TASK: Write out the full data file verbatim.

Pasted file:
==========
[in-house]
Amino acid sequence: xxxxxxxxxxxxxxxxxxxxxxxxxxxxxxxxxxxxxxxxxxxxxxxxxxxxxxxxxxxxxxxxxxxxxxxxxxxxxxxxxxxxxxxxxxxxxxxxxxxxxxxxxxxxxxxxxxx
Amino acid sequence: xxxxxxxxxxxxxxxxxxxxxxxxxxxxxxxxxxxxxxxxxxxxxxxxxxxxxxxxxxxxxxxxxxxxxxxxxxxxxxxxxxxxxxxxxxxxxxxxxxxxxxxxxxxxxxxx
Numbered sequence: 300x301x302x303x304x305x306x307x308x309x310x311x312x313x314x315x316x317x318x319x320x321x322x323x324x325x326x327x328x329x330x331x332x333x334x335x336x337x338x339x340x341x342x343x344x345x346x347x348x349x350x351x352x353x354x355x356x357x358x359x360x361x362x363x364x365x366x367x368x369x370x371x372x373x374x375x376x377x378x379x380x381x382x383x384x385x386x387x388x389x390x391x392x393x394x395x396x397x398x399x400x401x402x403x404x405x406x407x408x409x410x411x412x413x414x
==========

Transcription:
[in-house]
Amino acid sequence: xxxxxxxxxxxxxxxxxxxxxxxxxxxxxxxxxxxxxxxxxxxxxxxxxxxxxxxxxxxxxxxxxxxxxxxxxxxxxxxxxxxxxxxxxxxxxxxxxxxxxxxxxxxxxxxxxxx
Amino acid sequence: xxxxxxxxxxxxxxxxxxxxxxxxxxxxxxxxxxxxxxxxxxxxxxxxxxxxxxxxxxxxxxxxxxxxxxxxxxxxxxxxxxxxxxxxxxxxxxxxxxxxxxxxxxxxxxxx
Numbered sequence: 300x301x302x303x304x305x306x307x308x309x310x311x312x313x314x315x316x317x318x319x320x321x322x323x324x325x326x327x328x329x330x331x332x333x334x335x336x337x338x339x340x341x342x343x344x345x346x347x348x349x350x351x352x353x354x355x356x357x358x359x360x361x362x363x364x365x366x367x368x369x370x371x372x373x374x375x376x377x378x379x380x381x382x383x384x385x386x387x388x389x390x391x392x393x394x395x396x397x398x399x400x401x402x403x404x405x406x407x408x409x410x411x412x413x414x